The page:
The stable fly exists all over the world, and it feeds on the blood of livestock and horses, but they will also feed on humans when these options are unavailable. Stable flies are synanthropic, which means they exploit human habitats and food sources in order to survive. Stable flies are well known for their extremely painful bites and their tendency to swarm toward people gathered outdoors. In fact, this swarming behavior has become significant enough to deter tourists from vacationing in Florida’s panhandle, where stable flies are common. The annual threat of stable flies has also prevented people from vacationing near the great lakes and other areas located near large bodies of water.
Stable flies have long been known for swarming tourists in Florida’s panhandle region, as northerly winds carry these flies to highly populated beaches where they cannot be deterred from biting beachgoers. Due to these repeated attacks, Florida’s tourism industry has taken a major hit, as past visitors have no desire to relive the horrors of past attacks. Stable flies have also attacked people vacationing around the Great Lakes. According to Howard Russell, an entomologist at Michigan State University, when cows are not around, horseflies prefer to bite people’s ankles and knees, which draw significant amounts of blood.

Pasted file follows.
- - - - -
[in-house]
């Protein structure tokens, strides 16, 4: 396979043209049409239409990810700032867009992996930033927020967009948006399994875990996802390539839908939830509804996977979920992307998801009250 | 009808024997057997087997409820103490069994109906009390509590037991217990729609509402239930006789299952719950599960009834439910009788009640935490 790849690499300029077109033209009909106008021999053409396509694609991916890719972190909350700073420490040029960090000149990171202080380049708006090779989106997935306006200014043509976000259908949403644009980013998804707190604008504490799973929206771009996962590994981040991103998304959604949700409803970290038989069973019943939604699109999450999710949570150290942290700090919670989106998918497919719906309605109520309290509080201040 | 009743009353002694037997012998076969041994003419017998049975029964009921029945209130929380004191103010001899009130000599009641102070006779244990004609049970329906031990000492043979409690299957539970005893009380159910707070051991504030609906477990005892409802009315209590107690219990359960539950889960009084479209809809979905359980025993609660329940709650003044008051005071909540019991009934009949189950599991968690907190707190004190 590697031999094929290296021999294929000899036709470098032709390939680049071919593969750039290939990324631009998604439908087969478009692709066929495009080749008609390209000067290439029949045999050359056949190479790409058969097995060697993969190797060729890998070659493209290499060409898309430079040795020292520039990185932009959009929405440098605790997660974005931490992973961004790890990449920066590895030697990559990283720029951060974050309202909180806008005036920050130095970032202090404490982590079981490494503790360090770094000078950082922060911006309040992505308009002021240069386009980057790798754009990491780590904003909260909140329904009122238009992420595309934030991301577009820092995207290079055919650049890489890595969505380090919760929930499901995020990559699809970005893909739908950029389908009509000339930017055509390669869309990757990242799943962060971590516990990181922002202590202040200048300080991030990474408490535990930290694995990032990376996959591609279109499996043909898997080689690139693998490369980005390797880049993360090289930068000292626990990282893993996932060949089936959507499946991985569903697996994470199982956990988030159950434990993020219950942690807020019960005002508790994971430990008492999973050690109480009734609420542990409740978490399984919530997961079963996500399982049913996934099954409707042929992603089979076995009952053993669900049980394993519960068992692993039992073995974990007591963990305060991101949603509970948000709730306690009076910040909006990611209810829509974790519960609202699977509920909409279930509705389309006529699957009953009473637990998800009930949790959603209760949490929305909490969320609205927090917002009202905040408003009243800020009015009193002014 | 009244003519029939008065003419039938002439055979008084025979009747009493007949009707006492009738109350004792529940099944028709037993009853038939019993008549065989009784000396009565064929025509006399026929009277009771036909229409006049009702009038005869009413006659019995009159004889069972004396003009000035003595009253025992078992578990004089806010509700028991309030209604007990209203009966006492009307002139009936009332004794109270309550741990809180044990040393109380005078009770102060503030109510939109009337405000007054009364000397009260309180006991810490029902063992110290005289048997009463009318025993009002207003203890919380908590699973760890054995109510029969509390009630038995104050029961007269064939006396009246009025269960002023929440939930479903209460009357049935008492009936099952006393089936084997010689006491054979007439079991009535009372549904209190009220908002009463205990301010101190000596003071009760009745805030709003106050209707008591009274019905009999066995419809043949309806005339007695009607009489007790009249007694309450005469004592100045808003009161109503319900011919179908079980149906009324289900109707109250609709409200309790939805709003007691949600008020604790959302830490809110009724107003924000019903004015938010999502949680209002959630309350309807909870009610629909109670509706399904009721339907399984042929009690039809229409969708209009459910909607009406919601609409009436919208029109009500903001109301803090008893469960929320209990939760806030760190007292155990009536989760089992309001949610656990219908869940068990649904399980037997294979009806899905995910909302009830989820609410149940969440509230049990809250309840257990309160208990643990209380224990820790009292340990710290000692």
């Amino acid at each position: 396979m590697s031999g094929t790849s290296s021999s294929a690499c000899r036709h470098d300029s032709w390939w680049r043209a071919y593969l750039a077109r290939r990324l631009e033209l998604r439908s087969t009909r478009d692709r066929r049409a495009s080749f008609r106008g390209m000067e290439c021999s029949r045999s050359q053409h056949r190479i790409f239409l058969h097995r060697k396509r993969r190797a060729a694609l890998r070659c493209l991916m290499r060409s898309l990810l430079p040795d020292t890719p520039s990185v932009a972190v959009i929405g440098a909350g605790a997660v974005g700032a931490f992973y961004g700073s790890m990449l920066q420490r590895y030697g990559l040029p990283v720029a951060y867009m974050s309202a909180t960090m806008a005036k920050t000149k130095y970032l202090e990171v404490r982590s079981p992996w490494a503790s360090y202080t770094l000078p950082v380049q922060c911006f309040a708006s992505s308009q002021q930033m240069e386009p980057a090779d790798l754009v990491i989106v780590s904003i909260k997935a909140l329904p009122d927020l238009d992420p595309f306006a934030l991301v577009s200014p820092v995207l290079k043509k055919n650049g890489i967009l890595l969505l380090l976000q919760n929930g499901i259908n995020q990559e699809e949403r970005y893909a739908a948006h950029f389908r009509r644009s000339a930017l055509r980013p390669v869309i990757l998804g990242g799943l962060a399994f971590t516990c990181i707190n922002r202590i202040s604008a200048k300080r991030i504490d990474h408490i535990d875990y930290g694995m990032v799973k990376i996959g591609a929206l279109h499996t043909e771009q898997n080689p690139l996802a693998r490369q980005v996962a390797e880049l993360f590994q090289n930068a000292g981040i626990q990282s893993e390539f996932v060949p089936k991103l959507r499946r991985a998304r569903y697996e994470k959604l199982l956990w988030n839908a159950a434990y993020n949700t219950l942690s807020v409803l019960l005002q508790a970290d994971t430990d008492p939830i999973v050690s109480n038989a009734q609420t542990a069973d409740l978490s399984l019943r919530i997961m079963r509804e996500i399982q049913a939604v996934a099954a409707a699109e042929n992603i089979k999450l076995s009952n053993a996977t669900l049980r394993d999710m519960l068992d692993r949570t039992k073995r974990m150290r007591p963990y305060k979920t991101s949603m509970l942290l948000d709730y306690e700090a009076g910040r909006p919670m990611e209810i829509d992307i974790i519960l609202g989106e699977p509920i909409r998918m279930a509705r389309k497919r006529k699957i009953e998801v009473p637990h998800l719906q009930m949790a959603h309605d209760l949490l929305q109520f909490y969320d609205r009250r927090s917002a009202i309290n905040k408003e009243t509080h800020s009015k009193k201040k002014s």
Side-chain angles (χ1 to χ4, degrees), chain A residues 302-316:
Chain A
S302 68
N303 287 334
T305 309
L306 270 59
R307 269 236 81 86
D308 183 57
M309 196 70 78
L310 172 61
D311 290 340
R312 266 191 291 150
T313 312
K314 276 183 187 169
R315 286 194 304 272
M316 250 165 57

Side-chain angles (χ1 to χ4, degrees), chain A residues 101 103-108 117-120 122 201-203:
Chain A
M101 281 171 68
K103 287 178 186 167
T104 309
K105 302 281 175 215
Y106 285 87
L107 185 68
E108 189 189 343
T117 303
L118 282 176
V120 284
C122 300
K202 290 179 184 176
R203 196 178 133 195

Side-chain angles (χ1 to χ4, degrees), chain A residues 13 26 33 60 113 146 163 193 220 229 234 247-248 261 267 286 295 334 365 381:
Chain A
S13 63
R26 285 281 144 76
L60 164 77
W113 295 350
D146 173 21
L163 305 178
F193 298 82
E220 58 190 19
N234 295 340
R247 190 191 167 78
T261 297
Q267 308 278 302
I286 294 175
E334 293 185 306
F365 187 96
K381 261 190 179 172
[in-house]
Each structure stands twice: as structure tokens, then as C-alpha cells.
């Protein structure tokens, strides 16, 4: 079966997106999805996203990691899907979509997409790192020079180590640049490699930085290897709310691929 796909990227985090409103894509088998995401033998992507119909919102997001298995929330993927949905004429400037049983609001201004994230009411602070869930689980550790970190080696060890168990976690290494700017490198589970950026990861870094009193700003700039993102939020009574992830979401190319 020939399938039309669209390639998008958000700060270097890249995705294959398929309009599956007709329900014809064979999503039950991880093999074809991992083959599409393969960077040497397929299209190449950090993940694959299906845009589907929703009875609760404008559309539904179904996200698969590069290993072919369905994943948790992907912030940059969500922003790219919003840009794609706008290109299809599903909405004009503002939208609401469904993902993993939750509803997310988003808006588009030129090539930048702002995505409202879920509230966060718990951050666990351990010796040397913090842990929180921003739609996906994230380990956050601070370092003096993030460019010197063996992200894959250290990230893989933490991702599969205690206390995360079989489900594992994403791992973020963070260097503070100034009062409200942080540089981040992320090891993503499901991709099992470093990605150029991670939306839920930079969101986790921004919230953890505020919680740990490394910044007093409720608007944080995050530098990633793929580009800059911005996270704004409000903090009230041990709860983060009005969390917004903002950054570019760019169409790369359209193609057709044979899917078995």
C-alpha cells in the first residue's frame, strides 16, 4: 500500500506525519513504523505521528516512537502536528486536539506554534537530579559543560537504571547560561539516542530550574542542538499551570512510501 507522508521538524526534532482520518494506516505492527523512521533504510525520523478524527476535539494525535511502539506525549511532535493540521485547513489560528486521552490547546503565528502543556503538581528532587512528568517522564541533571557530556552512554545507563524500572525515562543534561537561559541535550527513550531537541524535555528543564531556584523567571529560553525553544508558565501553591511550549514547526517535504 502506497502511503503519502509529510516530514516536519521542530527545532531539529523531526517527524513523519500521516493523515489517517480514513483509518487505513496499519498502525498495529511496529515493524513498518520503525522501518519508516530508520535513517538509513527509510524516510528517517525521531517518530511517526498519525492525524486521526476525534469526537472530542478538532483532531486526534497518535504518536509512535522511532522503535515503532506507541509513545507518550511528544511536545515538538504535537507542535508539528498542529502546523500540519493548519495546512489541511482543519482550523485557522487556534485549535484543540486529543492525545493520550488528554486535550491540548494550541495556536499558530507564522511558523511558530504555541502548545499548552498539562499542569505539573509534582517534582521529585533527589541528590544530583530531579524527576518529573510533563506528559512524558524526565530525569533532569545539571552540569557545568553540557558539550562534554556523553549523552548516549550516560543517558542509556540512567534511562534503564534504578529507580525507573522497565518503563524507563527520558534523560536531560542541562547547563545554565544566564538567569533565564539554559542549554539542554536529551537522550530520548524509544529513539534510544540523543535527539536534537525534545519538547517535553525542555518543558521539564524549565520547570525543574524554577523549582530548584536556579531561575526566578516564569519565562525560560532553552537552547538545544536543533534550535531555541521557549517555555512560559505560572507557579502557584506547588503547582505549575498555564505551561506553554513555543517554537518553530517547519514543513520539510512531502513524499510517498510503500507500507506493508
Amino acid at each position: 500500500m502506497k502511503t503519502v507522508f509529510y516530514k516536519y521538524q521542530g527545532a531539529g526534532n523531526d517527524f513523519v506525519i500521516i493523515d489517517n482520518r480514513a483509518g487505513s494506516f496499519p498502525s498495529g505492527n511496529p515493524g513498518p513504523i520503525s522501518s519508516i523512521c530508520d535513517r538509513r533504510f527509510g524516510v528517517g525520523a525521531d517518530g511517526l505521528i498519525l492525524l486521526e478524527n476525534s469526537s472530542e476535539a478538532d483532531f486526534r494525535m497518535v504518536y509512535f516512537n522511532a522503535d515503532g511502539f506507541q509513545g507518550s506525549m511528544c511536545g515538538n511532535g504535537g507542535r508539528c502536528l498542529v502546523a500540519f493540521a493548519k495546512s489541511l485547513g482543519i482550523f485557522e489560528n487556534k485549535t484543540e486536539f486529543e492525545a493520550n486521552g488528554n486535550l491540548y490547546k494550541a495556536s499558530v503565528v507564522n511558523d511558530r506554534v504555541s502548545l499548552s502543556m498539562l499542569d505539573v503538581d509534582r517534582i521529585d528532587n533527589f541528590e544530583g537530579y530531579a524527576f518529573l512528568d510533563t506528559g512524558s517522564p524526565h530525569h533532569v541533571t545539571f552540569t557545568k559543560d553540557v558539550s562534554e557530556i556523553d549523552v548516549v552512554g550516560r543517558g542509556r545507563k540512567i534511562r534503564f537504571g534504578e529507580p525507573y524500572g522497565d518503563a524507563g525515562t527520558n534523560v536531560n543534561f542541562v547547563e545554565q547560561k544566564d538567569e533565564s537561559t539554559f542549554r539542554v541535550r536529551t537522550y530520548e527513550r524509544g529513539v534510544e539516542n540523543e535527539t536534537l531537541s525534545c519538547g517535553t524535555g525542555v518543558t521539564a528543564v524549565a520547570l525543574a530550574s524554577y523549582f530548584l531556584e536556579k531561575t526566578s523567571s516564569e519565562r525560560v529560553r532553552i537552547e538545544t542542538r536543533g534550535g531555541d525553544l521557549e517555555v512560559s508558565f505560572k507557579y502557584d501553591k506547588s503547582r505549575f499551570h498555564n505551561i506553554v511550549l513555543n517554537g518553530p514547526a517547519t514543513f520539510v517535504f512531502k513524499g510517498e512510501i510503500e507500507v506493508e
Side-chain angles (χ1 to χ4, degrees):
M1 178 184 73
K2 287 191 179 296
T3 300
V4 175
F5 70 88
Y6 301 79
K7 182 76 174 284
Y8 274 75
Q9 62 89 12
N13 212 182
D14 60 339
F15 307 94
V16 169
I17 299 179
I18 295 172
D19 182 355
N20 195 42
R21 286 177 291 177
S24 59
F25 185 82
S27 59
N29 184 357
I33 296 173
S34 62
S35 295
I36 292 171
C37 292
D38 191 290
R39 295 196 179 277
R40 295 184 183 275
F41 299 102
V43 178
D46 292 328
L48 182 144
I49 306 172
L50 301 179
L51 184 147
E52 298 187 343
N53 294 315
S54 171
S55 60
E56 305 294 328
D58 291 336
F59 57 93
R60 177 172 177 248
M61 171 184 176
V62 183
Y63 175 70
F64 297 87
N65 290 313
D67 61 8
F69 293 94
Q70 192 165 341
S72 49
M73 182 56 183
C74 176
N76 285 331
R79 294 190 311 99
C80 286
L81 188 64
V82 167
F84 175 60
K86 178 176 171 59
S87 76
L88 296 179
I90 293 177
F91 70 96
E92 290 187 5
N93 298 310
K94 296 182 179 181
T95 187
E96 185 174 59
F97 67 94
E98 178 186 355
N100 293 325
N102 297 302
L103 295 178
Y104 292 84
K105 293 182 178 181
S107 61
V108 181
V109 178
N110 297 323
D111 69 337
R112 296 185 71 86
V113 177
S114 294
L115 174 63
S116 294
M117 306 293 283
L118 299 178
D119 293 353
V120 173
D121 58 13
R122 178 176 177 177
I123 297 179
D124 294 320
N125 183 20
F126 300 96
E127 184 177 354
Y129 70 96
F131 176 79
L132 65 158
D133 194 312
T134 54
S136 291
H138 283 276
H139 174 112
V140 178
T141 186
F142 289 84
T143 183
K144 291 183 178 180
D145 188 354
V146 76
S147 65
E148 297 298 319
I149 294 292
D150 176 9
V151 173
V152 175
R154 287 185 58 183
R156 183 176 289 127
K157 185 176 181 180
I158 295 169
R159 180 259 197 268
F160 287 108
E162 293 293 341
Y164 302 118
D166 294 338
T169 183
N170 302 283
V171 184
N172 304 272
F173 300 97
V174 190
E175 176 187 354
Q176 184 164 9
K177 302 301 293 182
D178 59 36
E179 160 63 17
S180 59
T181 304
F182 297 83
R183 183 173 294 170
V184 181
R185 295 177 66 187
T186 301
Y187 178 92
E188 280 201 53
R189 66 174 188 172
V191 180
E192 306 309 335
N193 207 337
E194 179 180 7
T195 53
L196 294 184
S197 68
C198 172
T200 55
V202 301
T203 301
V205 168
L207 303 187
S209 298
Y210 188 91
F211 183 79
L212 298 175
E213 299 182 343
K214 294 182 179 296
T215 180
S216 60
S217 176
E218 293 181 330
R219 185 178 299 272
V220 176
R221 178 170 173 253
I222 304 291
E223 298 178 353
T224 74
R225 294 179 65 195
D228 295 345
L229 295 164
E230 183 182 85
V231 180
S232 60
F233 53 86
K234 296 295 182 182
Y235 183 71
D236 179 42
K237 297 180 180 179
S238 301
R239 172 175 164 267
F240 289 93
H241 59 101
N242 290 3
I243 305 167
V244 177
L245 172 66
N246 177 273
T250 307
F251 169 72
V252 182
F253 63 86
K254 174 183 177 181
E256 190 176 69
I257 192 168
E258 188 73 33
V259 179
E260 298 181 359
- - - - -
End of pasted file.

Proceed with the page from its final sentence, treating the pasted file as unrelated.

Stable flies multiply their population numbers within various forms of organic matter including silage, crop residue, hay, grain, manure and soiled animal bedding. When highly active breeding sites are located, pest control professionals sometimes uproot these sites, but this is not always sufficient for removing all stable flies from an isolated area. When stable fly swarms abruptly appear within populated areas, mainly beaches, pest control professionals can be dispatched to the affected site in order to conduct aerial insecticide operations. However, wind often blows stable fly swarms away before pest control professionals arrive to the site.
Have you ever witnessed a swarm of stable flies while visiting a beach location?
Tags: Flies, Fly control